In the opinion of the Committee, Article 12 of the CRPD is incompatible with any substituted decision-making regime. (10) Substituted decision-making implies that a third person takes--in a general or particular way, permanently or temporarily--the decisions that correspond to, and impact persons with, disabilities. Instead, according to Article 12 of the CRPD, the states parties must adopt "the pertinent measures to provide access to persons with disabilities to the support they may need in exercising their legal capacity." (11) It is definitive: jurisdictions are expected to advance from a substituted decisionmaking model towards one of decision-making support. GC1 has produced great controversy in common law jurisdictions and elsewhere, resulting in abundant academic literature. This may be due to several reasons, including that Article 12 constitutes a crucial element for the treatment of persons with disabilities in the CRPD because (1) it incorporates tremendously innovative and previously unknown ideas into the legal field, such as decision-making support; (2) it has an impact on certain sensitive issues, such as involuntary treatment and hospitalization, which, as much as they can save a person's life, constitute a historical case of abusive treatment and torture against psychiatric patients where the status in which they have been left has not been cleared by GC1; and (3) the states parties have shown a lack of will and political and legal objections to make their domestic law compatible with the obligations arising from the Committee's interpretation of Article 12. (12)

Despite a push to adopt CRPD standards, governments in common law jurisdictions maintain a regime where an individual's decisionmaking capacity is functionally evaluated and may be substituted if found inadequate. In Latin America, however, the attitude of several governments has been (at least in theory) quite deferential to the Committee, which promotes the replacement of both the guardianship regime and the functional models of capacity used to evaluate decisionmaking capacity. Thus, over the last ten years in this region, reforms to legal capacity have been carried out to implement the support model for decision-making. In some cases, at least partially, they have ended with the institution of guardianship.

This Article describes the reforms to legal capacity carried out in four Latin American jurisdictions: Costa Rica, Argentina, Peru, and Colombia. These are the first Latin American countries to reform their domestic legislation on legal capacity, particularly concerning the adaptation of it to CRPD standards. Our objective is to make known to the English-speaking academic community, with some degree of detail, the legislative developments conducted in this region, serving as a reference for other countries that are considering the implementation of reforms in this area of law.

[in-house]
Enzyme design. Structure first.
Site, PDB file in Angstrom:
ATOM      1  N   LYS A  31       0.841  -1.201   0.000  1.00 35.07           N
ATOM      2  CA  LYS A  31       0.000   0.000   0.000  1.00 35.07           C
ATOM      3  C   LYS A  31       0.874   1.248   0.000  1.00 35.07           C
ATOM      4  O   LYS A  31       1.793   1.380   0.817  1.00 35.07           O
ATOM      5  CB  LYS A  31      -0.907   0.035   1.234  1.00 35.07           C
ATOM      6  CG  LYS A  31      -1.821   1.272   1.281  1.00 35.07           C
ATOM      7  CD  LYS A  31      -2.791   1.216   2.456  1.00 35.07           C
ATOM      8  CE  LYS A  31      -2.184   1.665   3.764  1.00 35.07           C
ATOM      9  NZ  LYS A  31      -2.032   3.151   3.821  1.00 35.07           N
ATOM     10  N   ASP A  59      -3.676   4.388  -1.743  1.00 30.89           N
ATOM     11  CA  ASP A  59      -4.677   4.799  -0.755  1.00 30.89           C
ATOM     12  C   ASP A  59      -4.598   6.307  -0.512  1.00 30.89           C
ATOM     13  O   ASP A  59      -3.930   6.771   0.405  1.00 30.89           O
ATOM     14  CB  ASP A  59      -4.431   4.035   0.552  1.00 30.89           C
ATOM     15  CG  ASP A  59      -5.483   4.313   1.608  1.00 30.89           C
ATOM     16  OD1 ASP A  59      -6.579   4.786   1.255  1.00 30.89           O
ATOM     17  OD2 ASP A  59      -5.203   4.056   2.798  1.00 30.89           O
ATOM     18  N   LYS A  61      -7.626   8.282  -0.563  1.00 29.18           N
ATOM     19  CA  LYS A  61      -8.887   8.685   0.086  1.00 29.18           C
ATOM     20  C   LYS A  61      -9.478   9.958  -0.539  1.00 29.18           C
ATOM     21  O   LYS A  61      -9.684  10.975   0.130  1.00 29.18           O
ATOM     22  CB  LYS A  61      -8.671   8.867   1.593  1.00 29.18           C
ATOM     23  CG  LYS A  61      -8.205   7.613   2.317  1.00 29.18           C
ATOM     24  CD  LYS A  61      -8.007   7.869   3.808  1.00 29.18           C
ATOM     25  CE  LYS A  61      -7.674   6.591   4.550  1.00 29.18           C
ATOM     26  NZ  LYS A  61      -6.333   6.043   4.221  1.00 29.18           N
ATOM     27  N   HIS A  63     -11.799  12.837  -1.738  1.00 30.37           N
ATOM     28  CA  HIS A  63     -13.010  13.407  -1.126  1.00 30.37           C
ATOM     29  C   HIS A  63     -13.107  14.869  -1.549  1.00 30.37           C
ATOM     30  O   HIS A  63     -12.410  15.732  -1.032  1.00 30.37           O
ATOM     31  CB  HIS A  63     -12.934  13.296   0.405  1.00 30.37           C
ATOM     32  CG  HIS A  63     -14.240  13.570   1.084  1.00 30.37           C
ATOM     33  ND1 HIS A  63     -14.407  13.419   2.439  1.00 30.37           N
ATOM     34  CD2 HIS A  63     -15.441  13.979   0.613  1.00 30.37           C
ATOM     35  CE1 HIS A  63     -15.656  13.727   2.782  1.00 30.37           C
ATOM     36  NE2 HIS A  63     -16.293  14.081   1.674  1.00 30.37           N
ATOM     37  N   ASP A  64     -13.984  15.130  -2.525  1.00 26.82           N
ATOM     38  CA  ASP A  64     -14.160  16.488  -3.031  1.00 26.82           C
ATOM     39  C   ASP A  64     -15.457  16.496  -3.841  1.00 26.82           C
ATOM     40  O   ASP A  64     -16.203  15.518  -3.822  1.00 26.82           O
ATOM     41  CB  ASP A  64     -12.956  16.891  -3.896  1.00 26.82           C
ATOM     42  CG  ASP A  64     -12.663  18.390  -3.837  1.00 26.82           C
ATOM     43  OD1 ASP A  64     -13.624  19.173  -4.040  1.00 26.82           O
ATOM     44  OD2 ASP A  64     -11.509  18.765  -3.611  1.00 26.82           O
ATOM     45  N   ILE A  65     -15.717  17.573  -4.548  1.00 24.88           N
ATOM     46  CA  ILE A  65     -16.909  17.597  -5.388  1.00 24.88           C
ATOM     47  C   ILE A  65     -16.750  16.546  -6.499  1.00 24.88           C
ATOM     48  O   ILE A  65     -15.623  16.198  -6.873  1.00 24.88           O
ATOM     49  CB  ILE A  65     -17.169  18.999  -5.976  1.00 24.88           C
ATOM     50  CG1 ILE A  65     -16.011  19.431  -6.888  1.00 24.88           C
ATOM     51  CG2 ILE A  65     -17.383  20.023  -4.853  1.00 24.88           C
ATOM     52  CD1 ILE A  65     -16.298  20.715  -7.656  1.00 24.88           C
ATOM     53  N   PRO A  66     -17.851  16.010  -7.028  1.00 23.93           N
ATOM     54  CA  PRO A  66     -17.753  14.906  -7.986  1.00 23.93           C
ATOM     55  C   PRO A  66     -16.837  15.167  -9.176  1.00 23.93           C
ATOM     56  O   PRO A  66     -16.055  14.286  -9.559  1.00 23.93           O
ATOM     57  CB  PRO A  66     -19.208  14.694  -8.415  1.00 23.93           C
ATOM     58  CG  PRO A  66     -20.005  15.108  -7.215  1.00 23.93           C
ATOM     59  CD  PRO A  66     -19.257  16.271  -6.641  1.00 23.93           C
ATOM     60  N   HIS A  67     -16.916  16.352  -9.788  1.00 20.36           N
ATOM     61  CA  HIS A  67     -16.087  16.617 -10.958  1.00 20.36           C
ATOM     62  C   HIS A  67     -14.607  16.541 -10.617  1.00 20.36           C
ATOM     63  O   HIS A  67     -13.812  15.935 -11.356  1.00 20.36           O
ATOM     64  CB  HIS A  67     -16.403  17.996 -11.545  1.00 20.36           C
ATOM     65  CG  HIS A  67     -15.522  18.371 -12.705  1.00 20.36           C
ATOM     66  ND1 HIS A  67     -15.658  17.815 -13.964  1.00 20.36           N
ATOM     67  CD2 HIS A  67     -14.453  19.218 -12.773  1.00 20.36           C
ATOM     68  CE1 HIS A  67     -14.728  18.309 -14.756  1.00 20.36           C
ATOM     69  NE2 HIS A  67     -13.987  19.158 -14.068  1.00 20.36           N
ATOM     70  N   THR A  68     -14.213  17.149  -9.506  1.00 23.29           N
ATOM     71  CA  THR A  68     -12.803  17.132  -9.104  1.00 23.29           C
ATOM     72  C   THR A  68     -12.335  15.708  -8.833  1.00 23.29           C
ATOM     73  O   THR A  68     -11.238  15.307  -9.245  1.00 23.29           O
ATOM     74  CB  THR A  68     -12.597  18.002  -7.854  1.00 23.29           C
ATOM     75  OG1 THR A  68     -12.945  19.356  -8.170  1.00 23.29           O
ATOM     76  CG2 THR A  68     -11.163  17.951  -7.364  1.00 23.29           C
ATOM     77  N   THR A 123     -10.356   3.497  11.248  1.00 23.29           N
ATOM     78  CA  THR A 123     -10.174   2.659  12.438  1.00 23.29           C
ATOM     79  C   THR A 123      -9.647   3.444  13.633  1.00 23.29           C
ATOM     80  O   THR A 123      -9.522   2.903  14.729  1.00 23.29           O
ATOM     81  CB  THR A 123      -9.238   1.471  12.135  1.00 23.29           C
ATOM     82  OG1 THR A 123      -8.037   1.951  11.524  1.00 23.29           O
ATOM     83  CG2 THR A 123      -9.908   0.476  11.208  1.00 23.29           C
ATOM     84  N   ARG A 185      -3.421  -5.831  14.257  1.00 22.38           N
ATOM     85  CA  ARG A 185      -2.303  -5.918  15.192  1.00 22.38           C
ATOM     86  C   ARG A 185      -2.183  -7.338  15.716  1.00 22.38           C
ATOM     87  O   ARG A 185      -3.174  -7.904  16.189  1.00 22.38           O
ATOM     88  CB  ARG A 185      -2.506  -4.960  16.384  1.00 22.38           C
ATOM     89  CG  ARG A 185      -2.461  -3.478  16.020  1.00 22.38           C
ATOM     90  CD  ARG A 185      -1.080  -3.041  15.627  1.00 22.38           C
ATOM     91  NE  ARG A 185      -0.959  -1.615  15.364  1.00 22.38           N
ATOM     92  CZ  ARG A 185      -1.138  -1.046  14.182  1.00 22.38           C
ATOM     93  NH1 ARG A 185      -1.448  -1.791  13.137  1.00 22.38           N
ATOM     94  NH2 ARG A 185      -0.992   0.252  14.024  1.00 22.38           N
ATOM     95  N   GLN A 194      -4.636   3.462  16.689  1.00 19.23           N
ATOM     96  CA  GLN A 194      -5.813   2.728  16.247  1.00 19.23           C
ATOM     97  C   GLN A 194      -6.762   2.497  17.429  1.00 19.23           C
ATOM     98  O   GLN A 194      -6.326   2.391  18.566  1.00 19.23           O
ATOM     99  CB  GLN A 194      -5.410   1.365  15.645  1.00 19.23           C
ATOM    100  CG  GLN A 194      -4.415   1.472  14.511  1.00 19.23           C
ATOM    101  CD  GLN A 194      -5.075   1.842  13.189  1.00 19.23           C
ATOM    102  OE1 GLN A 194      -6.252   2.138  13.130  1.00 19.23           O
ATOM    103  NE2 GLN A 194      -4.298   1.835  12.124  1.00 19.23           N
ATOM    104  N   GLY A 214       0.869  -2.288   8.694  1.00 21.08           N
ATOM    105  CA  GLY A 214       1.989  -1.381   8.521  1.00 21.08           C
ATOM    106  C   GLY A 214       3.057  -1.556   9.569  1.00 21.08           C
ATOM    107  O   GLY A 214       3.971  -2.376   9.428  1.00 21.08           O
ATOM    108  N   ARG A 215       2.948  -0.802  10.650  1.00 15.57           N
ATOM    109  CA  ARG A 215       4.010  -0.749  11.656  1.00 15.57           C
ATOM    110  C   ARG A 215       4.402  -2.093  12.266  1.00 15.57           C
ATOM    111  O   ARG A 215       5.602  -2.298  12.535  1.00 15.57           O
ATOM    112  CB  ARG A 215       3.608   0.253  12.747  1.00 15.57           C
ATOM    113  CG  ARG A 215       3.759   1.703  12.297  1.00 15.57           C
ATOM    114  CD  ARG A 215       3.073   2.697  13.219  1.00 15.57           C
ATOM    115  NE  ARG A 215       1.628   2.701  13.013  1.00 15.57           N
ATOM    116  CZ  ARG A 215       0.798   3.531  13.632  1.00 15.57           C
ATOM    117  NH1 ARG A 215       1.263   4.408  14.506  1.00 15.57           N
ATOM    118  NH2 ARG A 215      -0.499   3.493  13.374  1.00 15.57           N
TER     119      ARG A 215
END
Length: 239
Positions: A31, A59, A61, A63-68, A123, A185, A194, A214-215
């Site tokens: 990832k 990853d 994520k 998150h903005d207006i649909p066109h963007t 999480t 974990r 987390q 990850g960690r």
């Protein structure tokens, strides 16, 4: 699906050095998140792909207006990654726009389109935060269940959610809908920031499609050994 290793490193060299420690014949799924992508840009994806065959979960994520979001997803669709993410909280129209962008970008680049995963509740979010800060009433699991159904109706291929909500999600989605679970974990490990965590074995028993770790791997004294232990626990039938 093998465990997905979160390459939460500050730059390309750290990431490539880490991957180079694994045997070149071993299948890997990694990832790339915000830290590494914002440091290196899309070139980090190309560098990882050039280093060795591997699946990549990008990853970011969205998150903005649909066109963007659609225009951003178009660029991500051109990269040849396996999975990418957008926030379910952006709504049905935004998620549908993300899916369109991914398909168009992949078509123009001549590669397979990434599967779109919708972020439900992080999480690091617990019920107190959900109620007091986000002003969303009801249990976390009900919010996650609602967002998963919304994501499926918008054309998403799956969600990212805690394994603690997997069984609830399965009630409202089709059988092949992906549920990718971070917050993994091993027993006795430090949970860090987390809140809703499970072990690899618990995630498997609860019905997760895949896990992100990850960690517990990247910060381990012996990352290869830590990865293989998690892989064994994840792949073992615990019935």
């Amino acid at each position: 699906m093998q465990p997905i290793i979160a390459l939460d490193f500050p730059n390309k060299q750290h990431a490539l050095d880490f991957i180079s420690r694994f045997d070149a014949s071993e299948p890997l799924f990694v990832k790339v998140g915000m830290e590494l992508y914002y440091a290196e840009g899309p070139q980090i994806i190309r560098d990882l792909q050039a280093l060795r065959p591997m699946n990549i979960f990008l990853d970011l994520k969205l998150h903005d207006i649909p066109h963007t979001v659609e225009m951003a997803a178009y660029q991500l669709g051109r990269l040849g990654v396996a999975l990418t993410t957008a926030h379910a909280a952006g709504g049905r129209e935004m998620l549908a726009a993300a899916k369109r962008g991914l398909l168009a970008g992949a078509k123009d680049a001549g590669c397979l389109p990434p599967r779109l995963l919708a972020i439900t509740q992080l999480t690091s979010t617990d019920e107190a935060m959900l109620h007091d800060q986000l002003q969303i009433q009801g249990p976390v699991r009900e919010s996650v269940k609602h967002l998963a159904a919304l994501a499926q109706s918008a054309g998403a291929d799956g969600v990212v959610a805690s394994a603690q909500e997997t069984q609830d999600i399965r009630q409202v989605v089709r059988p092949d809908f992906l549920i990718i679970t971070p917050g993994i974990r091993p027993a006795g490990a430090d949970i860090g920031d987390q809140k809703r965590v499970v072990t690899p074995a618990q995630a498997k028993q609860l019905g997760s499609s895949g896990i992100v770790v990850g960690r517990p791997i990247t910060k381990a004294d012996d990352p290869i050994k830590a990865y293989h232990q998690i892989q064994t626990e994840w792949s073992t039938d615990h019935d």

The Article aims to provide a detailed account of each of the reforms, understood as a process of transforming the legal capacity regime. This implies an analysis of the new regulations from a substantive and procedural perspective and means understanding the reforms from the implementation perspective as an attempt to put into practice a new model of legal capacity. Although a critical examination is relevant to identify the successes and failures of the reforms and account for the aspects that are susceptible to improvement, the scope of the review makes it sensitive to maintain the focus on the description of the reforms. However, this description also includes identifying problems that arose and were debated during the reforms.

We focus on five principal dimensions of the new legislation and reform process. Part I describes relevant aspects of the reform process (formal aspects, relevant actors, the role of the CRPD in its gestation and development, and the most controversial elements in the discussion). Part II describes the main structural features of the support system implemented by the reforms (recognition of legal capacity, substantive and procedural aspects of the support, and safeguards). Part III describes the transitional aspects of the reforms, and Part IV analyses three of the main measures to implement the reforms. Part V examines the adaptation of the reforms to the standards of the CRPD, and Part VI makes a preliminary analysis of the weaknesses of the reforms.

This research is fundamentally descriptive and aims to serve as input for other research on legal capacity. This Article examines the legislative reforms on legal capacity, including the reform projects, the legislative discussion, and the legal texts approved concerning other national legislation and administrative regulations. Additionally, it examines academic papers and information from civil society addressing the reforms. Finally, to identify aspects that could not be found in the documentary analysis, mainly linked to the reform process and its implementation, we conducted semi-structured interviews in 2021 with relevant actors concerning the reforms in each of the four countries. The interviewees were provided with information about our research and agreed to be interviewed by the research team.

  1. THE REFORM PROCESSES: ORIGIN AND DEVELOPMENT

    This Part describes the reforms to the selected jurisdictions from the perspective of their origin and development. The following aspects of the reforms will be reviewed: (1) the formal characteristics; (2) the most relevant actors involved, with particular emphasis on the participation of organizations of...